An enduring mystery about Earth has been the age of its solid inner core. Plausible yet contrasting core thermal conductivity values lead to inner core growth initiation ages that span 2 billion years, from ~0.5 to >2.5 billion years ago. Palaeomagnetic data provide a direct probe of past core conditions, but heretofore field strength data were lacking for the youngest predicted inner core onset ages. Here we present palaeointensity data from the Ediacaran (~565 million years old) Sept-Îles intrusive suite measured on single plagioclase and clinopyroxene crystals that hosted single-domain magnetic inclusions. These data indicate a time-averaged dipole moment of ~0.7 × 1022 A m2, the lowest value yet reported for the geodynamo from extant rocks and more than ten times smaller than the strength of the present-day field. Palaeomagnetic directional studies of these crystals define two polarities with an unusually high angular dispersion (S = ~26°) at a low latitude. Together with 14 other directional data sets that suggest a hyper-reversal frequency, these extraordinary low field strengths suggest an anomalous field behaviour, consistent with predictions of geodynamo simulations, high thermal conductivities and an Ediacaran onset age of inner core growth.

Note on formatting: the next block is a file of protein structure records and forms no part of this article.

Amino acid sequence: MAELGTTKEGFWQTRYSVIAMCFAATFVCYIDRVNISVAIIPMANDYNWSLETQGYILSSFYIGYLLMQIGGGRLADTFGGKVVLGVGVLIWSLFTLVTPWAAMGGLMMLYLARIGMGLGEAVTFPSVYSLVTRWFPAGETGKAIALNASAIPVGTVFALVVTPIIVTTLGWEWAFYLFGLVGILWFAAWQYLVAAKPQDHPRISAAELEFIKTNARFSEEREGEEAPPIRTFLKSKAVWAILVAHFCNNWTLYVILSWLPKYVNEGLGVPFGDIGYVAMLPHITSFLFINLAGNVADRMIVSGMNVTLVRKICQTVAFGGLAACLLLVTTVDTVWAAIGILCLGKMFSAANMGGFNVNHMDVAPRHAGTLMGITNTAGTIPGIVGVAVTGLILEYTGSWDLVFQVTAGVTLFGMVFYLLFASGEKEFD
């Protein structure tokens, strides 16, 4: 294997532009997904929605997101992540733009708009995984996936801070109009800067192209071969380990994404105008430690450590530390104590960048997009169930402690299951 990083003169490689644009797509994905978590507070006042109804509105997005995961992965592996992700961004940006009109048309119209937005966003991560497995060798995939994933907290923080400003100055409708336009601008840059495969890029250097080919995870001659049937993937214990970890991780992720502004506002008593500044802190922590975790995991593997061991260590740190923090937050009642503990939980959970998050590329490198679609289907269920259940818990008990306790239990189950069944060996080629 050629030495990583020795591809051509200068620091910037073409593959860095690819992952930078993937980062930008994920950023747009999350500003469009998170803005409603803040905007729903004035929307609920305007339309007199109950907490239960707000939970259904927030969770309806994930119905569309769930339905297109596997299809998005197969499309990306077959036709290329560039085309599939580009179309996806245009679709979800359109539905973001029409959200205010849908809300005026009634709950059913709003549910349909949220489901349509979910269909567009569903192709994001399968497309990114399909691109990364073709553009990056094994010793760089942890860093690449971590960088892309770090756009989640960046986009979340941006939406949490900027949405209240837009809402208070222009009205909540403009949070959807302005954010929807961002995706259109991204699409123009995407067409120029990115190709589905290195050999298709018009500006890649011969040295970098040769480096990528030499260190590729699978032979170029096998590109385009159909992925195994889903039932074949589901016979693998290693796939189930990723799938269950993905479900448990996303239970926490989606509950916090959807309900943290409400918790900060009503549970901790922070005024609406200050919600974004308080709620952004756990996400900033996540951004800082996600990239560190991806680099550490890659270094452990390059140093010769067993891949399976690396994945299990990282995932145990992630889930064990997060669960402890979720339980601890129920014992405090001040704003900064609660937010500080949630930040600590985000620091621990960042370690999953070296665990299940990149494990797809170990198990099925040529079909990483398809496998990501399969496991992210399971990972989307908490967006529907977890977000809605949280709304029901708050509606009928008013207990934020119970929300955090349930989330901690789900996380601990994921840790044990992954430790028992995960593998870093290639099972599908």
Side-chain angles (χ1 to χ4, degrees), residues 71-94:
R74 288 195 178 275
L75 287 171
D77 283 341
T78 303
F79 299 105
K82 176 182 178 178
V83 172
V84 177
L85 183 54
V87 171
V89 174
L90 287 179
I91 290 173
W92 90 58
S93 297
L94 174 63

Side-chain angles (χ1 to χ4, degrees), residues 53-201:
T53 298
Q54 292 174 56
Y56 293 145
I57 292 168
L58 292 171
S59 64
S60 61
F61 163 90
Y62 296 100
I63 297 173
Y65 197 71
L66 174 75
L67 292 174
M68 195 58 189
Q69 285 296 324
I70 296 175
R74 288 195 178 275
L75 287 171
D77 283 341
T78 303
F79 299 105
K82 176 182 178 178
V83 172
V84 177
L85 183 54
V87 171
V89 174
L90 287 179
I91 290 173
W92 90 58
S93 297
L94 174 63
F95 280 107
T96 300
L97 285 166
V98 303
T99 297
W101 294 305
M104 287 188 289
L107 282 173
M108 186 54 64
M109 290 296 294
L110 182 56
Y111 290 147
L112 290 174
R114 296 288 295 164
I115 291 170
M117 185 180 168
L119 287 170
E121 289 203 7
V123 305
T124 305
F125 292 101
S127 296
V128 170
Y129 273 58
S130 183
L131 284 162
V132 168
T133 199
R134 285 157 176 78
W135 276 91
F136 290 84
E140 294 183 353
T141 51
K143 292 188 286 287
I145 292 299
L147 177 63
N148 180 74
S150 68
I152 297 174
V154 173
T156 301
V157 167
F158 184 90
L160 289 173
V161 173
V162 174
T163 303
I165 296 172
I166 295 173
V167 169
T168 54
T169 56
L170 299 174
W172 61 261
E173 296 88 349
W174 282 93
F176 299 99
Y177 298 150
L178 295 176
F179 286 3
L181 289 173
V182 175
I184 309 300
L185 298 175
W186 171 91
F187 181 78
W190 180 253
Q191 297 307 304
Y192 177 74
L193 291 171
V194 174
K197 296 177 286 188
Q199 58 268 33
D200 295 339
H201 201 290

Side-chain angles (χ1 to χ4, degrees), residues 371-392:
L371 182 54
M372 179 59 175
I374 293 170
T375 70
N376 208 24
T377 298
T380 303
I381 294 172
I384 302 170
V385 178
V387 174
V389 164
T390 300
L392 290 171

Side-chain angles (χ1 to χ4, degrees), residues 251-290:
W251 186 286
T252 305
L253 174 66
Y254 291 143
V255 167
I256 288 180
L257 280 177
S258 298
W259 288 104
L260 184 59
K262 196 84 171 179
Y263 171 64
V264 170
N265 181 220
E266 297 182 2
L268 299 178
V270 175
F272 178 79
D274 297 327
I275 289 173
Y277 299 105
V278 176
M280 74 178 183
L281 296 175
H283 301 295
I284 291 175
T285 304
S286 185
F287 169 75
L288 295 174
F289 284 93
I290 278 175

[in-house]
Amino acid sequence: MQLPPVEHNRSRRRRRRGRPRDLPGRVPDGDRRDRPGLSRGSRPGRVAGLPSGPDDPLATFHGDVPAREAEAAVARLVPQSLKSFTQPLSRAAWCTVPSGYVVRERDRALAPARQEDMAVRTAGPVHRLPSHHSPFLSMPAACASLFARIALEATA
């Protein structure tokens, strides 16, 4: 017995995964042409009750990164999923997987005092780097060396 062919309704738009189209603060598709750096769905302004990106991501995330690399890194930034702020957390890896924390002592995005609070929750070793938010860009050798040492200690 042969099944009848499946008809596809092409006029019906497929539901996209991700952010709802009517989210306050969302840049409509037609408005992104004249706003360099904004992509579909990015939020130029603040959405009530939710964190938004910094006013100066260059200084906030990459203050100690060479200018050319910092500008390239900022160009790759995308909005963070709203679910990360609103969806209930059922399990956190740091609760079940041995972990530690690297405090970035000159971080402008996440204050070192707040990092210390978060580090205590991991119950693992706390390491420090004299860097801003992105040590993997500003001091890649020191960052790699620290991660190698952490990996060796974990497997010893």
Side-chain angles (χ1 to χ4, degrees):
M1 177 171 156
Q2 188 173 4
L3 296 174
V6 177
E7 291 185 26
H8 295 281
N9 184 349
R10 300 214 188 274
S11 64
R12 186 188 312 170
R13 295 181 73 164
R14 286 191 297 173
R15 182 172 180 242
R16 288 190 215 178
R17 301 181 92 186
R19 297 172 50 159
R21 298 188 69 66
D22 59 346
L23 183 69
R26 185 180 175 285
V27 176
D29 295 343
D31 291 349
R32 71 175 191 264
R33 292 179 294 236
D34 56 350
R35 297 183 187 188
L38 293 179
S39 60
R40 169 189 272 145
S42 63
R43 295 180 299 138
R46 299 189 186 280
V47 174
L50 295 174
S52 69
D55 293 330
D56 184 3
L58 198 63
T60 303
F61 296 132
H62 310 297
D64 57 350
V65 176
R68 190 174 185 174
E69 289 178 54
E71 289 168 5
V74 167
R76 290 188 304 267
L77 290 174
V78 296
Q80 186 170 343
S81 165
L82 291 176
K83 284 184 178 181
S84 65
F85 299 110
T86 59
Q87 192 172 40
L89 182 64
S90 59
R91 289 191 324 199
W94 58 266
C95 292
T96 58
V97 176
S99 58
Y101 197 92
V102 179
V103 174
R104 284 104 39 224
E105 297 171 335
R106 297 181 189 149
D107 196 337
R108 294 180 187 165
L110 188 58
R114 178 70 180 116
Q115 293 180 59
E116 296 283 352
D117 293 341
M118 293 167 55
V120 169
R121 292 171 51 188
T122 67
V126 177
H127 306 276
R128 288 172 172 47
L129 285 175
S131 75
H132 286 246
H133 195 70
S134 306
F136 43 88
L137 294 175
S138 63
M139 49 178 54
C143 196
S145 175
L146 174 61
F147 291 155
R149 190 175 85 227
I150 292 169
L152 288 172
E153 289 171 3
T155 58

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Data presented here are available in the Earthref (MagIC) database (earthref.org/MagIC/16534).
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We thank G. Kloc for the sample preparation, B. L. McIntyre and R. Wiegandt for the electron microscope analyses and T. Zhou for magnetic hysteresis measurements. This work was supported by the National Science Foundation (grant nos EAR1520681 and EAR1656348 to J.A.T.).
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Nature Geoscience (2019)